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The Kellys of Wilmington, North Carolina

I spent this evening in Wilmington, NC, a place where I lived for many years prior to my interest in the history of axes. I was able to visit Wilmington’s axe throwing spot, Axes and Allies, which I can’t suggest enough as a spot to go hang out if you happen to be in the area. The atmosphere was relaxed, the selection of beer plentiful, and the attitude of the folks running the show was excellent. As I was there, tossing a number of older hatchets at the wooden walls, I couldn’t help but think of Wilmington’s connections to the Kelly Family, especially as my Woodslasher Hatchet found its bullseye.

Wilmington, NC, sits on the coastline of the southeast, jutting out from the coastal plain on spit of land left by the sedimentary action of the Cape Fear River. Though not as directly related to axe production as cities like Lewiston, Pennsylvania, Oakland, Maine, or Charleston, West Virginia, the city has seen it’s share of axes and axe related persona. Lying just 35 miles due east of Lake Waccamaw, the city is the closest main population center to Council Tools, who have been in business since 1886, though not for axe making. Council was initially started as a business for producing turpentine related tools, as the Naval Stores industry was the primary economic influencer of the area from as early as the late 1700s. Along with helping Council Tools get its start on becoming one of the longest running and still producing axe manufacturers left in the United States, the Naval Stores/Turpentine industry was also the lure that attracted members of the Kelly family to Wilmington, though in a round-about way. As no axe enthusiast who enjoys American made axes is unfamiliar with the Kelly Works of True Temper, it’s well worth tracing how these Kelly family members came to live on the coast of North Carolina. The Kelly family had been involved in axe manufacturing as far back as 1873, and axe distribution as early as 1835. Their first axe factory had been built in the mid-1870s in Portland, Kentucky, a suburb of Louisville. The main investor for that first factory was William Kelly, and the first President of the company was his son, William C. Kelly. His youngest son, James. P Kelly would eventually be manager of the same firm, and both his sons-in-law, Robert C. Thompson and William B Lockett, would also play heavy leadership roles in the company. Robert C. Thompson would marry William’s oldest daughter, Zerilda A. Kelly, in 1872, right around the time the family moved to the Louisville area. Zerilda would go by the nick name “Lily” or “Lillie” for most of her life, even on her government documentation. Robert C. and Lily would have 4 children there in Louisville, one son and 3 daughters. Louisville Axe and Tool Company fans may recognize the name William K. Thompson, who was the first-born son of his parent in 1874. The Thompsons had 5 daughters as well, two of whom were Mildred G. Thompson, named after her grandmother and born in 1876, and Blanche K. Thompson, named after her aunt and born in 1887. Both aforementioned daughters were born in Louisville, but moved to Alexandria, Indiana in 1893 when the axe factory that their family ran moved to that location. As each “came of age” in that location, both were known as women “of Alexandria”, rather than Louisville. It was while she was residing in Alexandria that Mildred G. Thompson would meet George L. Morton, Jr. Morton was a native of North Carolina, born and raised in Onslow County near the modern city of Jacksonville. His first successful business venture was the George L. Morton Company of Wilmington, North Carolina, a turpentine distilling company that produced and transported naval stores for that industry. The company had its offices at 615 Nutt Street, and its main distilling plant on Eagle Island. Along with his own company, he was the Southern Manager of the Galena Signal Oil Company in 1910, and eventually became Vice President of that company in 1918. On top of taking an active part in these businesses he also served as the Postmaster of Wilmington, North Carolina, from 1894 to 1898, and served seven terms in the North Carolina House of Representatives and Senate. While on a business trip, he met Mildred, and they later married on December 11th, 1906, at which point she moved to their home at 720 North 4th Street, Wilmington, NC. Mildred lived the life of a southern Senator’s wife, traveling the state for ladies’ parties with other influential wives, and entertaining the same ladies in her home in Wilmington. Her mother, Lily, and her sister, Blanche, visited her often in the Port City. Around 1910, George and Mildred Morton left Wilmington and moved to Atlanta, Georgia, where George would concentrate on his work for the Galena Signal Oil Company. Mildred would stay there after his death in 1930, but her body, like his, would be buried in his family plot in Bellevue Cemetery in Wilmington after her death.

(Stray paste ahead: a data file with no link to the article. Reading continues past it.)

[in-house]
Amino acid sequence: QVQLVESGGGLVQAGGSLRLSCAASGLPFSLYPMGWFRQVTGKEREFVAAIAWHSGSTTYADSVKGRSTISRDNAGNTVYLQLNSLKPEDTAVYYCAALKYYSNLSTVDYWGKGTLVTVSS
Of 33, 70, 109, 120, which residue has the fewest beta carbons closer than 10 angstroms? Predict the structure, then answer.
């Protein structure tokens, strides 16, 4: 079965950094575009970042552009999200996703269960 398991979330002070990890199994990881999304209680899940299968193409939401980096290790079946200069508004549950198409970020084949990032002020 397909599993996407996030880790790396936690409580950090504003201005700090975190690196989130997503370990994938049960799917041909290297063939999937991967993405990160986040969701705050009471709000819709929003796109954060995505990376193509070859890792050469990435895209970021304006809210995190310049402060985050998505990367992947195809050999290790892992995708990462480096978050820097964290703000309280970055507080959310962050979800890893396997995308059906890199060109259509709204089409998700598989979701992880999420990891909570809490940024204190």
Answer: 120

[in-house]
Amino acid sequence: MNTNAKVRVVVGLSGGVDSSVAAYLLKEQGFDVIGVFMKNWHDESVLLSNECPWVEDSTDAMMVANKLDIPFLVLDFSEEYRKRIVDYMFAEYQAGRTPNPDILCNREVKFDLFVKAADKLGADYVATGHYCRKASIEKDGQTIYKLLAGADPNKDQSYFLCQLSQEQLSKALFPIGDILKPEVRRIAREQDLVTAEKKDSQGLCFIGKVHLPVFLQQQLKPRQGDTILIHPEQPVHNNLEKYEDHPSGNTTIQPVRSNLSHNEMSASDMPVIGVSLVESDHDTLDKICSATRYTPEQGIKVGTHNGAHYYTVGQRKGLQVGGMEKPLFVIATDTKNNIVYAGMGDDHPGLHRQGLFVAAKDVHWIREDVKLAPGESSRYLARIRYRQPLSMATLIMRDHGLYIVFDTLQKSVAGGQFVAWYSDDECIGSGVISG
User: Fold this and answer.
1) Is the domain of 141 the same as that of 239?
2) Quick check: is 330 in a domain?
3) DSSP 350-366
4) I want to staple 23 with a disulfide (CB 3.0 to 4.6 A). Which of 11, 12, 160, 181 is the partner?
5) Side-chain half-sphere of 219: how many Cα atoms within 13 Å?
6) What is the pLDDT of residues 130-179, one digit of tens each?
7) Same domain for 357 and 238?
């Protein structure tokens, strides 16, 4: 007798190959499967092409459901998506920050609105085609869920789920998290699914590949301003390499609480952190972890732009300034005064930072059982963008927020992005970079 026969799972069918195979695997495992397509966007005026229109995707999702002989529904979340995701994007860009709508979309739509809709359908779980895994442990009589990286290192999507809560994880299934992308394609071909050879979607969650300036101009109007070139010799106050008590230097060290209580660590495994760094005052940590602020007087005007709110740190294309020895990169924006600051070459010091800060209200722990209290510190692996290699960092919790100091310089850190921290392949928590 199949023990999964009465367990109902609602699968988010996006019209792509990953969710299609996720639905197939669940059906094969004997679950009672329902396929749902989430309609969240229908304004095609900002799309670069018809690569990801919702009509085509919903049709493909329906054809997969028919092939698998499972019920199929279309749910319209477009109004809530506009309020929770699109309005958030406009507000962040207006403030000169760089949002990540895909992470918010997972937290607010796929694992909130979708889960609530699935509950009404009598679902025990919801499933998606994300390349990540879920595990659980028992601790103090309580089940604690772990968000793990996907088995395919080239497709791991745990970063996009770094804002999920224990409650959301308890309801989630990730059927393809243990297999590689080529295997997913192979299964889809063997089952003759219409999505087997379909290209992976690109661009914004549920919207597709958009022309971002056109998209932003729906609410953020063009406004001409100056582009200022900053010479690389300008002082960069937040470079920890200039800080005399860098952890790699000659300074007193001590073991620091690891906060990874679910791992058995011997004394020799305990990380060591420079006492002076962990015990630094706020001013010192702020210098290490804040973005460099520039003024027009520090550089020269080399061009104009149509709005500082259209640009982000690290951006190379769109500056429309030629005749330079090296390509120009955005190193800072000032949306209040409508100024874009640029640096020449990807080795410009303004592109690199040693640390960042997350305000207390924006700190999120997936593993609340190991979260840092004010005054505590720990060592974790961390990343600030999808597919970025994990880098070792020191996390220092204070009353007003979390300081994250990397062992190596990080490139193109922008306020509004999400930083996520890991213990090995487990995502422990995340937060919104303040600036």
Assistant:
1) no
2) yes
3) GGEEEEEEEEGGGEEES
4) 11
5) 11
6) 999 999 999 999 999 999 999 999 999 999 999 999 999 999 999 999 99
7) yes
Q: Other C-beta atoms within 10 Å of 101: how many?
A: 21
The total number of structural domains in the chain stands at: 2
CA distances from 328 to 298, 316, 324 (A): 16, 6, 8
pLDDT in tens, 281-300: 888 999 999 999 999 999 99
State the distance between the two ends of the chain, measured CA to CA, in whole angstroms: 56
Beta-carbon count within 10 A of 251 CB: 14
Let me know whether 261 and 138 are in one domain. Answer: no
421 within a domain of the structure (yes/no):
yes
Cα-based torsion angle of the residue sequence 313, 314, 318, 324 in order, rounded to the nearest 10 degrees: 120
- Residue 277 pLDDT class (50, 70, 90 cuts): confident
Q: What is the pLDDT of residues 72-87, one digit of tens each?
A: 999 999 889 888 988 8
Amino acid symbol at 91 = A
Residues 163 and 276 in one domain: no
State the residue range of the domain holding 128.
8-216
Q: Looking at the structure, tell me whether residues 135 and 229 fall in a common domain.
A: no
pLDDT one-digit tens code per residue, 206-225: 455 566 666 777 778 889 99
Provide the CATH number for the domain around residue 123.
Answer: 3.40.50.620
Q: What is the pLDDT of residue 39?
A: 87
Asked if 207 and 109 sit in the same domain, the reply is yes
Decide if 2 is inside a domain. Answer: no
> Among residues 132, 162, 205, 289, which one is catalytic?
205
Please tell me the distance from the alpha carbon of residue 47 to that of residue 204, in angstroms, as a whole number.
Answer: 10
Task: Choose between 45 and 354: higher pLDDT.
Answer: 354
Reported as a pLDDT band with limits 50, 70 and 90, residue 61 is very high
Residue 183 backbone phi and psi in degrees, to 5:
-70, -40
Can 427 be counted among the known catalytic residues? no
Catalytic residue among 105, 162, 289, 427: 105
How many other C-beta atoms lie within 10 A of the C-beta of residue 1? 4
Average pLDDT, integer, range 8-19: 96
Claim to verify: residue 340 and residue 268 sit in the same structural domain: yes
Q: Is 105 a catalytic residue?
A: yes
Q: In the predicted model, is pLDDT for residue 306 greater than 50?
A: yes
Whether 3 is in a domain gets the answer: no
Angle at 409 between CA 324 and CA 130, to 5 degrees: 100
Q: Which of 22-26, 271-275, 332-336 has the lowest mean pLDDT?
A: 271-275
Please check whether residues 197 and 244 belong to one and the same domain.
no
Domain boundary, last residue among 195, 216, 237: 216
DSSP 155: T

George L Morton The Morton Family Plot

The final resting place of Mildred Gracey Thompson,

niece of W.C. Kelly and granddaughter to William Kelly

During one on Blanche’s visits, along with her mother, Lily, to Mildred’s home in Wilmington, she was introduced to Mr. Clarence Dudley Maffitt. Clarence was the son of Commodore John Newland Maffitt of the Confederate Navy. Born in Harnett Township, which is now called Ogden, he had taken to the ocean much like his father. Most references of Mr. Maffitt in his younger years describe him as a playboy bachelor, often noted as taking local and visiting ladies for cruises in the local harbors and bays. Multiple accounts of him running a client’s boats aground on shoals locally and in the Caribbean have been noted, though he’s also noted as saving a number of ships by guiding them safely home in stormy seas. On November 15th of 1911, Clarence and Blanche were married in Charleston, West Virginia. After returning to Wilmington, they lived at the Carolina Apartments before moving into a home at 219 South 5th Street. After the death of Blanche’s father, Robert C. Thompson, her mother, Lily, came and lived with the couple until her death in 1947. Though her body was taken back to be buried at her family plot in Louisville, Kentucky, both Clarence and Blanche Maffitt are buried in Oakdale Cemetery in Wilmington, less than a mile from her sister.